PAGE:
All of us feel a need to belong. But sometimes we’re like a lost wolf, wondering where is our pack and will they accept us?
Hudson Byblow has been on that journey back home to the Catholic Church since his mid-20s after starting to drift away when he was a child. It’s been a long and difficult road, through the trauma of bullying and abuse, the experience of same-sex attractions, and questions about his own sexuality, identity, and faith.
“I don’t think I’m a brave person for sharing my journey to self-honesty,” says Byblow, a teacher and Catholic speaker who shares his journey with audiences across Canada.
“I feel there are so many people waiting for it to be safe for them to share stories like mine, which are a little outside the box … Our society says, ‘You’re gay and Christian and do your thing’ or ‘You’re gay and Christian, white-knuckle it.’ How do I define myself? First and foremost, a beloved child of God. No question about it.”
Byblow rejects the idea that one’s appetites — sexual or otherwise — ought to define a person. Instead he simply shares his story of the pursuit of holiness, chastity, and other virtues by striving to live his life as his faith intends him to.
At 37, after decades in the wilderness, Byblow says he’s finally found his pack: the Church.
Byblow grew up in a Catholic family, attending Catholic schools and church on Sundays. However, among his peers, he felt like he never quite fit in, like he just didn’t measure up.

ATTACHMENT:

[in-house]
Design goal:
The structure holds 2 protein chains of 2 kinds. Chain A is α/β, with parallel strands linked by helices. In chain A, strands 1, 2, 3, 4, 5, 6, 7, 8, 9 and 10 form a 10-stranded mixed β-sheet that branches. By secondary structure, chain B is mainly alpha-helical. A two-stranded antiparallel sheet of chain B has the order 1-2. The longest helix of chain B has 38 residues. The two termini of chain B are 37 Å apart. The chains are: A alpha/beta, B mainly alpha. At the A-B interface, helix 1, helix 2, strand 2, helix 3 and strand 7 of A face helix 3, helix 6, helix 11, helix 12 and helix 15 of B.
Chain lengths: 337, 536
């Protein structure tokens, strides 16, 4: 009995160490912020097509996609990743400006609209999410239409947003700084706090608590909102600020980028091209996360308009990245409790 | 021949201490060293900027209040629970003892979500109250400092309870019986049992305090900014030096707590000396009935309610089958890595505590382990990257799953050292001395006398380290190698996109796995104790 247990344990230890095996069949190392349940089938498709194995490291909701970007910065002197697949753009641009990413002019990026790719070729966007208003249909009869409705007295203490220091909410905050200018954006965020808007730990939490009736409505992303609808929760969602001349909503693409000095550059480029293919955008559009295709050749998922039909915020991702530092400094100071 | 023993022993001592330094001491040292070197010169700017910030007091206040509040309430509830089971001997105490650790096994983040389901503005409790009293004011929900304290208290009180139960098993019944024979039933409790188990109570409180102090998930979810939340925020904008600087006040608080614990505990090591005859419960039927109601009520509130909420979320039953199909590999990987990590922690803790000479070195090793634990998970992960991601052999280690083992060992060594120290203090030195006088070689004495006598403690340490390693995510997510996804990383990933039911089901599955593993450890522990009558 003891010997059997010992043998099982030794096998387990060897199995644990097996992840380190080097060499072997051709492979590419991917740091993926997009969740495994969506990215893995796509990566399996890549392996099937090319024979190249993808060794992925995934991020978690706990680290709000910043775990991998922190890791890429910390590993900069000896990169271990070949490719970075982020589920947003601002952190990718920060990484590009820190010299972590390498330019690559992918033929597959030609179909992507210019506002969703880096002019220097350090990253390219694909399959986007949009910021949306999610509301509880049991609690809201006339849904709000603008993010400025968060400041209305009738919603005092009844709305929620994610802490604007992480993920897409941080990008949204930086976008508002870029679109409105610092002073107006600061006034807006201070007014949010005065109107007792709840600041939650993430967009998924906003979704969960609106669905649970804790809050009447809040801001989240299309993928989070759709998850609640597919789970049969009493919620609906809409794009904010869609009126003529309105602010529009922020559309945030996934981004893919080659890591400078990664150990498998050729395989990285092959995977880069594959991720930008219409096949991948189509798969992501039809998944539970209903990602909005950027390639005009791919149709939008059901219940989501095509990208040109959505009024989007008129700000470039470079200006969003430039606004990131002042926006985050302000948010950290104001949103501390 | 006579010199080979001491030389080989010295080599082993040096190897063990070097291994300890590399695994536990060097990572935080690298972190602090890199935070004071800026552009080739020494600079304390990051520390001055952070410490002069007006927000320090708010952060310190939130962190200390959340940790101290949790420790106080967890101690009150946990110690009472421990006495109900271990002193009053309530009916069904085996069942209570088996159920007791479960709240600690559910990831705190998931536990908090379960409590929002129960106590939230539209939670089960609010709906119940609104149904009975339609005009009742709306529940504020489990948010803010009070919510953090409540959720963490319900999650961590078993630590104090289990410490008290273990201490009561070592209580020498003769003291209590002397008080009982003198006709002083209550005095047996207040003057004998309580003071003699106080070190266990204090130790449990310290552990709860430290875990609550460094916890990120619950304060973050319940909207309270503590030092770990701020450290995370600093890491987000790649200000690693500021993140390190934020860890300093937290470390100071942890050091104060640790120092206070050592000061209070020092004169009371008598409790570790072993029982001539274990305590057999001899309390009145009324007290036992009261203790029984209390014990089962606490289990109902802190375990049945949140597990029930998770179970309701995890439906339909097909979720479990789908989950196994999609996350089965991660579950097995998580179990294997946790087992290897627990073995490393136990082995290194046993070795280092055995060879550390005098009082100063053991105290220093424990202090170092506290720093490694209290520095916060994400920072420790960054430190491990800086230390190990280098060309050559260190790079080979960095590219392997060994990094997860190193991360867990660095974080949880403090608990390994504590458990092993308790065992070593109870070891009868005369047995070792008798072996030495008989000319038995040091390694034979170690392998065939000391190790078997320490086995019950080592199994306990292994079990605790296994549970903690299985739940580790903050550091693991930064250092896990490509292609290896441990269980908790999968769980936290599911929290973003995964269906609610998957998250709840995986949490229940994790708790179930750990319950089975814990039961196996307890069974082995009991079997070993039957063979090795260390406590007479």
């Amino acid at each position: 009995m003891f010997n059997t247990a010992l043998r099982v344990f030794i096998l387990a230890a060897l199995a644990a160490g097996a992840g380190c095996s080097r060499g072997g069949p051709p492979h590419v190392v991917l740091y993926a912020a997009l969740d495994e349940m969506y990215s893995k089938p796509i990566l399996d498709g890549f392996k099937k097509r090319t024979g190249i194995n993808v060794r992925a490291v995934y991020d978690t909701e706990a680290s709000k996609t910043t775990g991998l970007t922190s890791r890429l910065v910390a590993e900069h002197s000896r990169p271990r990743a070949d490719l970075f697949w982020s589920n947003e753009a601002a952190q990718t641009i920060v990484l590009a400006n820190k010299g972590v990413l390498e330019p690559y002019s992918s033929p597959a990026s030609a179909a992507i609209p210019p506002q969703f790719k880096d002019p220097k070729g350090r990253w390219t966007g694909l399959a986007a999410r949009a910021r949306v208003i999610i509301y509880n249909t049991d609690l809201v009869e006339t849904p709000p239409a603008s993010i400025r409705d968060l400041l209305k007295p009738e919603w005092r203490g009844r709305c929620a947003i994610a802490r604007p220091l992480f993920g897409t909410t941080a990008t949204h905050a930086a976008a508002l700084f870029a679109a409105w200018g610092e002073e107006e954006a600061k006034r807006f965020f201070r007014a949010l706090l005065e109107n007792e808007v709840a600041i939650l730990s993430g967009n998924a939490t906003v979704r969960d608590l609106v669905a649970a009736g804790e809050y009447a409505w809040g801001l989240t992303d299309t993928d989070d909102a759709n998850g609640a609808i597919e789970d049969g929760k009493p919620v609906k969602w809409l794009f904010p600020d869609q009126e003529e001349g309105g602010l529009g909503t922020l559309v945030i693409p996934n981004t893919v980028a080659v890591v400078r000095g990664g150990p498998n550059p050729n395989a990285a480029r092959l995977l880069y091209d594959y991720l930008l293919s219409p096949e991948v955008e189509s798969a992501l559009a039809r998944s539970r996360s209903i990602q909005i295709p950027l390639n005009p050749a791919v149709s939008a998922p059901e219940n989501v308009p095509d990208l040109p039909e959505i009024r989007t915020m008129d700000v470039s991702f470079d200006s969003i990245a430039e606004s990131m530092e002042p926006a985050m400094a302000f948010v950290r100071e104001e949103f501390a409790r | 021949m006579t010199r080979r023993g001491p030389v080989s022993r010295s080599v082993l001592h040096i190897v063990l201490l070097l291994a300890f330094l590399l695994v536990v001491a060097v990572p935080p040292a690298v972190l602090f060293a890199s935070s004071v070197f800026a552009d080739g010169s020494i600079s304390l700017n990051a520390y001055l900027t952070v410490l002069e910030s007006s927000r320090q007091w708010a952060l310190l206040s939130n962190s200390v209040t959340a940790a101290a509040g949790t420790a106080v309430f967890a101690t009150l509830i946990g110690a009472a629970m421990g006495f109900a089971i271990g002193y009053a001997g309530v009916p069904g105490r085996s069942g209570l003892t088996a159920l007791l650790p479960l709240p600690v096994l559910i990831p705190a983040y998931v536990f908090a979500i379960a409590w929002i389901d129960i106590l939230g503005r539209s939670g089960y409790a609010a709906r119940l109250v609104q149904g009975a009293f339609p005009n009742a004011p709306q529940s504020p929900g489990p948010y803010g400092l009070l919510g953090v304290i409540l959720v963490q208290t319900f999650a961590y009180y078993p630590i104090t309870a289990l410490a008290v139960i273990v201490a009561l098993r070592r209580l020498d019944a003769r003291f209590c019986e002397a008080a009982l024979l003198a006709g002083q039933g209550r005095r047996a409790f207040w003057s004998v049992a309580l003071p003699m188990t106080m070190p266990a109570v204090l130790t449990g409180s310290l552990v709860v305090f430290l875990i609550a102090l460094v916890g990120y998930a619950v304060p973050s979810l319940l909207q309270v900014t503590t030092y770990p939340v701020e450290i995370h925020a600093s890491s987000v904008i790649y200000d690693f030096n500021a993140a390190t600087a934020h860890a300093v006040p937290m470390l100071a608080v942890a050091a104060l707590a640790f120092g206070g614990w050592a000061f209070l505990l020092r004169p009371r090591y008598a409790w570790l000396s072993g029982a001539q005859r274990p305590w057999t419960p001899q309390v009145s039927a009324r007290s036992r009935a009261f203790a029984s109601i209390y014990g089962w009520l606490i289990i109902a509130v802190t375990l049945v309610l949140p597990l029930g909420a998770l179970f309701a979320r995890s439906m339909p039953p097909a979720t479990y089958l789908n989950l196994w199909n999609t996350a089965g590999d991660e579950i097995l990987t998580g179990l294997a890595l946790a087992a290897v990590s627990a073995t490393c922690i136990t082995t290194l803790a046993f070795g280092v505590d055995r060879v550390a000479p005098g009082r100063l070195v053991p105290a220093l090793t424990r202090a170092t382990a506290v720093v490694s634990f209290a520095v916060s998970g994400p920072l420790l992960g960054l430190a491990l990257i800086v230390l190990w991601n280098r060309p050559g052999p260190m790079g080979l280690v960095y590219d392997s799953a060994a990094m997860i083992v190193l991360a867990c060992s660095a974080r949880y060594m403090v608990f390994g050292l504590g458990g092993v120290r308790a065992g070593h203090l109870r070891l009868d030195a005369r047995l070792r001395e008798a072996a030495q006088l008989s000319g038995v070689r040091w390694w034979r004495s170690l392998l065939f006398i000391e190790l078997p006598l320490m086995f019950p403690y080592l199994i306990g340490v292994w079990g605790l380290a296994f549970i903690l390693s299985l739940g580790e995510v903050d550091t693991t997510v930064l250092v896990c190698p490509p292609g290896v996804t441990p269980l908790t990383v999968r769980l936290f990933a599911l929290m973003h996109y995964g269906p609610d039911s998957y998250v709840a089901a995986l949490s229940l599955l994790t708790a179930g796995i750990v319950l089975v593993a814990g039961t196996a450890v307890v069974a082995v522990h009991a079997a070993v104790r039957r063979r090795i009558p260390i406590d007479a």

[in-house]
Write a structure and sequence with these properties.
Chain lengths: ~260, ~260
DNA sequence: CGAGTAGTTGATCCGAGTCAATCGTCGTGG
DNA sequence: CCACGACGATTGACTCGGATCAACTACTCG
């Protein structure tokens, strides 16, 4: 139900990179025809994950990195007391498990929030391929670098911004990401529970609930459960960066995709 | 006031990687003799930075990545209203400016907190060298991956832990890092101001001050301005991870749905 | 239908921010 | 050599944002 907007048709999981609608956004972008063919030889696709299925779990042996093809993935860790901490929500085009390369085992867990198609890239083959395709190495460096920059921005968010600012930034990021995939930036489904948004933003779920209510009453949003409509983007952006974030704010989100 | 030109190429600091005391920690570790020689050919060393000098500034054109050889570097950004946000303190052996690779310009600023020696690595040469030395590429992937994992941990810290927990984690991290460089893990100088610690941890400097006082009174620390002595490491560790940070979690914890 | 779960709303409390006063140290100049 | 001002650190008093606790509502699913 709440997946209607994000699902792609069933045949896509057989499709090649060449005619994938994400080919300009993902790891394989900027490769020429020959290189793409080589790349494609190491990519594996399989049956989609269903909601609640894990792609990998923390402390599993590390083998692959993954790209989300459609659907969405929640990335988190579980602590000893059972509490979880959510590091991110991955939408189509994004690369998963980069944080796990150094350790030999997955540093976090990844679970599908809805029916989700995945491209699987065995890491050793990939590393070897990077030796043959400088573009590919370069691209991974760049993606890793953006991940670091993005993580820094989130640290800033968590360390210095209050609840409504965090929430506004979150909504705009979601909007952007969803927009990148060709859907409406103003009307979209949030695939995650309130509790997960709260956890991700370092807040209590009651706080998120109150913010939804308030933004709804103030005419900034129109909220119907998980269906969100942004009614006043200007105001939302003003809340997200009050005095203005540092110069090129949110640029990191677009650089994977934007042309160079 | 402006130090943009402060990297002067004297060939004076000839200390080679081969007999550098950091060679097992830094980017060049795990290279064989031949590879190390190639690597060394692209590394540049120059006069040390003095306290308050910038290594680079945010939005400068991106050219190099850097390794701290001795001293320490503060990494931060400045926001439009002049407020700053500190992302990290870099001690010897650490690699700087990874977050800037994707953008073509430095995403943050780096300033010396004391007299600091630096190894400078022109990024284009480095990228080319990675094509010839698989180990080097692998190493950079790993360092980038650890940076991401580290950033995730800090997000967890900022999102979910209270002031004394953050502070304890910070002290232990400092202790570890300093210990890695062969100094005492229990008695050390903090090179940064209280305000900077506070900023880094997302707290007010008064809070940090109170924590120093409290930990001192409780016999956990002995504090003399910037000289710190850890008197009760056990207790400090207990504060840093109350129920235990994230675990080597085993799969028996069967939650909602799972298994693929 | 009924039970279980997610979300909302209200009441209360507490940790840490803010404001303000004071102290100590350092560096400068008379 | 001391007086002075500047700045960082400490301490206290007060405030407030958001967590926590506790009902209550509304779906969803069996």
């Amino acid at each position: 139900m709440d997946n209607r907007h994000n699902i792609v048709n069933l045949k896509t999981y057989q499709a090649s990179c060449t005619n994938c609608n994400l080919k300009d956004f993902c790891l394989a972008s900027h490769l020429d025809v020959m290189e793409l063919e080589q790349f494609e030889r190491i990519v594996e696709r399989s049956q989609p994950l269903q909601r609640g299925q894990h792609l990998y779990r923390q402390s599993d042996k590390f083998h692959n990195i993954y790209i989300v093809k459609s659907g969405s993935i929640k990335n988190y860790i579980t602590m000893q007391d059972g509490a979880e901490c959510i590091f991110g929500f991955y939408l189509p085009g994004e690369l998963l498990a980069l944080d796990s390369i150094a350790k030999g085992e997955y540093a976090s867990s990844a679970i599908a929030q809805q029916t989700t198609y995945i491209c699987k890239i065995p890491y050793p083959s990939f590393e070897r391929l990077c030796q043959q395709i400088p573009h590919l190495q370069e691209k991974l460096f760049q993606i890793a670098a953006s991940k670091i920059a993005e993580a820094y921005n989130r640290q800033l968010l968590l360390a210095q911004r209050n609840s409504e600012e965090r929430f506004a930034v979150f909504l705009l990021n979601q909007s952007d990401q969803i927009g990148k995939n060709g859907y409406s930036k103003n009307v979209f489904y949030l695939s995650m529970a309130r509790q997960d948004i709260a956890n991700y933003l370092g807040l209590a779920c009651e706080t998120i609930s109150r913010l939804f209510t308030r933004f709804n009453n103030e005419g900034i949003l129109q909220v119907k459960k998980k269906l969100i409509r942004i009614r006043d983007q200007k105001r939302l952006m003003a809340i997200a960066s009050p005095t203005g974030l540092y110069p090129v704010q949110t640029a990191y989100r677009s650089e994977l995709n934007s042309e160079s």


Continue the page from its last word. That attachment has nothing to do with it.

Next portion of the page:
At age 9, he lost his best male friend and the pain of that loss caused him to cry for three days. He didn’t want to feel that pain again, so he began to build walls.
After being exposed to pornography through an after-dinner TV program, he turned inward even more, which didn’t help build healthy relationships.
At times he also felt terrorized by bullies in the hockey dressing room. “If that’s what it meant to be a boy, then I didn’t want to be part of it,” he recalls.
“I learned very quickly that I wasn’t good at what I perceived to be boy things,” Byblow says.
“It makes perfect sense to me why I drifted to things that were more ‘girly’ because (in them) I had a hope of feeling like I could be successful.”
Byblow vividly recalls one Valentine’s Day when the only card he received was from his teacher. “The question that went through my mind was ‘Why doesn’t anyone want to love me?’”
He gravitated toward activities like skipping rope and playing with the girls, to find love and acceptance wherever he could.
“At the age of awakening, so to speak, the boys began to seek approval from the girls. And I was still seeking approval from the boys,” Byblow says. “I didn’t feel that I had that need for belonging met yet, because of my low masculine confidence at the time.”
Starting in his teens, Byblow drifted away from the Church of his youth. He was drinking and partying by 13. By 15, he was also cross-dressing while continuing to experiment with pornography, trying to re-achieve his first “high” while also trying to escape those feelings of inadequacy.